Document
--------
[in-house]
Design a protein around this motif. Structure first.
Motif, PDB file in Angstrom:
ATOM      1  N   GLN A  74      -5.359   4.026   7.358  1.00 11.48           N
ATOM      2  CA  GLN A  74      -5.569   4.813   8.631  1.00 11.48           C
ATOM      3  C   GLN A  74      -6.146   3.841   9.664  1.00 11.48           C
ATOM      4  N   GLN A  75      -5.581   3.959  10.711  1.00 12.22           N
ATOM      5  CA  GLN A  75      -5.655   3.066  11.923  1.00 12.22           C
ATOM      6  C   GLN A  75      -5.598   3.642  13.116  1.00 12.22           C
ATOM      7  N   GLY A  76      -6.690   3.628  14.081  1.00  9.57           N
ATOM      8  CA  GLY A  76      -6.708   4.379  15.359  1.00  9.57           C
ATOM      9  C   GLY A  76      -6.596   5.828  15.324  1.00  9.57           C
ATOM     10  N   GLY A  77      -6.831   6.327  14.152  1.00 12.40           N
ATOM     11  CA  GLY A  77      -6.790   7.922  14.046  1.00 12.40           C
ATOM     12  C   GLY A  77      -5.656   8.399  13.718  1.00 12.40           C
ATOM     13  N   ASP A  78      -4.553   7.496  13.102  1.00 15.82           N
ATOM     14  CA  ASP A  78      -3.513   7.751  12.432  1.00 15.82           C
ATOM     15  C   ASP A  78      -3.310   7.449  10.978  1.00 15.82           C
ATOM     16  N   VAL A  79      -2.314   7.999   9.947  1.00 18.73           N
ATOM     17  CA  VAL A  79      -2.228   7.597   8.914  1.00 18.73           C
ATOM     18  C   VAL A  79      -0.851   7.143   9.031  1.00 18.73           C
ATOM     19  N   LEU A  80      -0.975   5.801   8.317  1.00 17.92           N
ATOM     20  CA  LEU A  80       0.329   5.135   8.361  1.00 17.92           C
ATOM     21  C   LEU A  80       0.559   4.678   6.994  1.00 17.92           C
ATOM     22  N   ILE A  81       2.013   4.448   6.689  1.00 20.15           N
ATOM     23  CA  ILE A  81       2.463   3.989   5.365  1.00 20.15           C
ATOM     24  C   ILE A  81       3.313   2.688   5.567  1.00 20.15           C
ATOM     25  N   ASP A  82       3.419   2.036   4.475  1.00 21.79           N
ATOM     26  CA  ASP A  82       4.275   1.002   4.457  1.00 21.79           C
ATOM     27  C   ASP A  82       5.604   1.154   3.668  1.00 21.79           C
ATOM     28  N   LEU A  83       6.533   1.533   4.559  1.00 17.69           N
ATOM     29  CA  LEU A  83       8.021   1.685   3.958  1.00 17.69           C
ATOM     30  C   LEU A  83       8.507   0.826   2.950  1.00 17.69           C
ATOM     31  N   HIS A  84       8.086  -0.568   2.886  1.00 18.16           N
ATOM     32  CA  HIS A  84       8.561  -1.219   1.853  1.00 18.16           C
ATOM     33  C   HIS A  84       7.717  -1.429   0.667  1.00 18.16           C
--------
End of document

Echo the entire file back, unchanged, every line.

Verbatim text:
[in-house]
Design a protein around this motif. Structure first.
Motif, PDB file in Angstrom:
ATOM      1  N   GLN A  74      -5.359   4.026   7.358  1.00 11.48           N
ATOM      2  CA  GLN A  74      -5.569   4.813   8.631  1.00 11.48           C
ATOM      3  C   GLN A  74      -6.146   3.841   9.664  1.00 11.48           C
ATOM      4  N   GLN A  75      -5.581   3.959  10.711  1.00 12.22           N
ATOM      5  CA  GLN A  75      -5.655   3.066  11.923  1.00 12.22           C
ATOM      6  C   GLN A  75      -5.598   3.642  13.116  1.00 12.22           C
ATOM      7  N   GLY A  76      -6.690   3.628  14.081  1.00  9.57           N
ATOM      8  CA  GLY A  76      -6.708   4.379  15.359  1.00  9.57           C
ATOM      9  C   GLY A  76      -6.596   5.828  15.324  1.00  9.57           C
ATOM     10  N   GLY A  77      -6.831   6.327  14.152  1.00 12.40           N
ATOM     11  CA  GLY A  77      -6.790   7.922  14.046  1.00 12.40           C
ATOM     12  C   GLY A  77      -5.656   8.399  13.718  1.00 12.40           C
ATOM     13  N   ASP A  78      -4.553   7.496  13.102  1.00 15.82           N
ATOM     14  CA  ASP A  78      -3.513   7.751  12.432  1.00 15.82           C
ATOM     15  C   ASP A  78      -3.310   7.449  10.978  1.00 15.82           C
ATOM     16  N   VAL A  79      -2.314   7.999   9.947  1.00 18.73           N
ATOM     17  CA  VAL A  79      -2.228   7.597   8.914  1.00 18.73           C
ATOM     18  C   VAL A  79      -0.851   7.143   9.031  1.00 18.73           C
ATOM     19  N   LEU A  80      -0.975   5.801   8.317  1.00 17.92           N
ATOM     20  CA  LEU A  80       0.329   5.135   8.361  1.00 17.92           C
ATOM     21  C   LEU A  80       0.559   4.678   6.994  1.00 17.92           C
ATOM     22  N   ILE A  81       2.013   4.448   6.689  1.00 20.15           N
ATOM     23  CA  ILE A  81       2.463   3.989   5.365  1.00 20.15           C
ATOM     24  C   ILE A  81       3.313   2.688   5.567  1.00 20.15           C
ATOM     25  N   ASP A  82       3.419   2.036   4.475  1.00 21.79           N
ATOM     26  CA  ASP A  82       4.275   1.002   4.457  1.00 21.79           C
ATOM     27  C   ASP A  82       5.604   1.154   3.668  1.00 21.79           C
ATOM     28  N   LEU A  83       6.533   1.533   4.559  1.00 17.69           N
ATOM     29  CA  LEU A  83       8.021   1.685   3.958  1.00 17.69           C
ATOM     30  C   LEU A  83       8.507   0.826   2.950  1.00 17.69           C
ATOM     31  N   HIS A  84       8.086  -0.568   2.886  1.00 18.16           N
ATOM     32  CA  HIS A  84       8.561  -1.219   1.853  1.00 18.16           C
ATOM     33  C   HIS A  84       7.717  -1.429   0.667  1.00 18.16           C